A Tool for Nonprofit CEOs: The Power of Pause
For the almost decade that I served as a nonprofit CEO, it wasn’t uncommon for my days to be jam-packed with meetings, phone calls, or impromptu conversations with team members from the moment I walked into the office until the end of the work day.
The challenge of days like this isn’t just that they leave you exhausted and drained (though that’s real!). It’s also that the energy or stress of each meeting doesn’t go away after the meeting ends, and can easily seep into your next one in ways that can create real problems.
To demonstrate this dynamic, I invited participants in a recent workshop for nonprofit CEOs to get into pairs and talk about something that had frustrated them. Then – quickly – I asked them to shift to a topic that brought them joy or excitement. Their conversation partners were asked to share what they observed in the second part of the conversation when their partner was talking about something positive:
- “She seemed upset – even when she was talking about something that I knew she was happy about.”
- “His body language felt out of sync with what he was saying.”
- “I felt bad for her – it didn’t seem like she could enjoy the thing that she was talking about being happy about.”
Their conversation partners were witnessing what is a natural, human response. The energy from the topic of frustration bled into the way that they communicated about something exciting or joyful. They couldn’t help it. And it was palpable and observable to others.
This is a real and challenging dynamic for any human. But for CEOs, the stakes are so much higher.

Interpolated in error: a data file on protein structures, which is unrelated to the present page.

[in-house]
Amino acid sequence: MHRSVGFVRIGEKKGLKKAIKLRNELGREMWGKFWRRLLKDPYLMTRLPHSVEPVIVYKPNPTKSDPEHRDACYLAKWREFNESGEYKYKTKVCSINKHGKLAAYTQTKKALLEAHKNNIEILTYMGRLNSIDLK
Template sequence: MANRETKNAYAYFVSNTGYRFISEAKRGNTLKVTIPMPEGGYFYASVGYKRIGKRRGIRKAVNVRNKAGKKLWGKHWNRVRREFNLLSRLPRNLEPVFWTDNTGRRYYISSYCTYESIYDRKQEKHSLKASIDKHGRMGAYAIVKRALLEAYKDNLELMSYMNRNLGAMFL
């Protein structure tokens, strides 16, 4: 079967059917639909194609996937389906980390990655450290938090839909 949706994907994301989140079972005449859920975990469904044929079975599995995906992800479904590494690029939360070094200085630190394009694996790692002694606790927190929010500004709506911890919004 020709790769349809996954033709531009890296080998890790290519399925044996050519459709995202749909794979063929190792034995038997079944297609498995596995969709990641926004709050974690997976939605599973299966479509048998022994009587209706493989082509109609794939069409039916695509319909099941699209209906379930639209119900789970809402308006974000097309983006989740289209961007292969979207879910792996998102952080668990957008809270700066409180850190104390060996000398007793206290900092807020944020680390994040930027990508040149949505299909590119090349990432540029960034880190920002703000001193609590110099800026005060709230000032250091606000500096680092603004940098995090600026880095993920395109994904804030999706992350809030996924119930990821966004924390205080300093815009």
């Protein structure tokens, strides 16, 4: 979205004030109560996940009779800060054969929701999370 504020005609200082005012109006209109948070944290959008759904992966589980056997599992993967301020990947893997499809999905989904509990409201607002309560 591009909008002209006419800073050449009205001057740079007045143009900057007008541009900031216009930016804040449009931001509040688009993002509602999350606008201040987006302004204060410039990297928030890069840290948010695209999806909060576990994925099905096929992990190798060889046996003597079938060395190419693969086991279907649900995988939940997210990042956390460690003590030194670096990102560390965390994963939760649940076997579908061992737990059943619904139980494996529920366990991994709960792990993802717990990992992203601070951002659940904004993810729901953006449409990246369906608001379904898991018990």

- Have you had conversations where you felt misunderstood or like you just couldn’t communicate what you wanted others to hear from you?
- Have you ever been completely surprised to find out that a team member thought that you were irritated with them, based on the way they experienced you in a conversation?
- Have you at times felt your thoughts drifting to a frustrating email or interaction from earlier in the day when you needed to be present for the high-stakes conversation you were in?
As these scenarios illustrate, carrying the energy from one interaction to another can challenge our leadership effectiveness and create real problems. The good news is, there’s a fairly straightforward “fix” that can disrupt this destructive flow of energy and help us “clear” our energy in a way that enables us to align our presence with our intentions.
All it takes is an intentional pause.
In my work as a leadership coach to nonprofit and foundation CEOs, I often work with my clients to cultivate a practice of pausing – between meetings, in advance of important conversations, before heading home to their spouse or partner (yes, this matters at home too!). Sometimes, leaders are resistant to building a pause practice, thinking some version of “I don’t have time to pause.” But the practice of pausing doesn’t have to take a long time; even 30 seconds of deep and intentional breathing can make a huge difference.
And it’s observable.
In the exercise with this group of CEOs, there was a second phase of the activity, which we completed before reflecting on the experience. In this second phase, I once again invited participants to share with a conversation partner something they were frustrated about and then something they were excited or joyful about. But in between, instead of going straight from one topic to the next, we all took a short, 30-second pause to take four “box breaths.”
Their conversation partners noticed the difference:
- “He seemed genuinely calm and excited, which was really different from the first time around.”
- “It felt like she was actually talking about the thing that she was excited about, instead of something else. It felt aligned.”
- “It felt like I was talking to a different person.”
The power of the pause is real.
- It gives us space to become present to the people and priorities in front of us.
- It helps ensure that the people around us – and we ourselves – benefit from our clarity, thoughtfulness, and care.
- And it makes it possible for us to align our practice of leadership with our intentions.
Curious about what the power of pause could do for you and your leadership? Consider this an invitation to try it out today!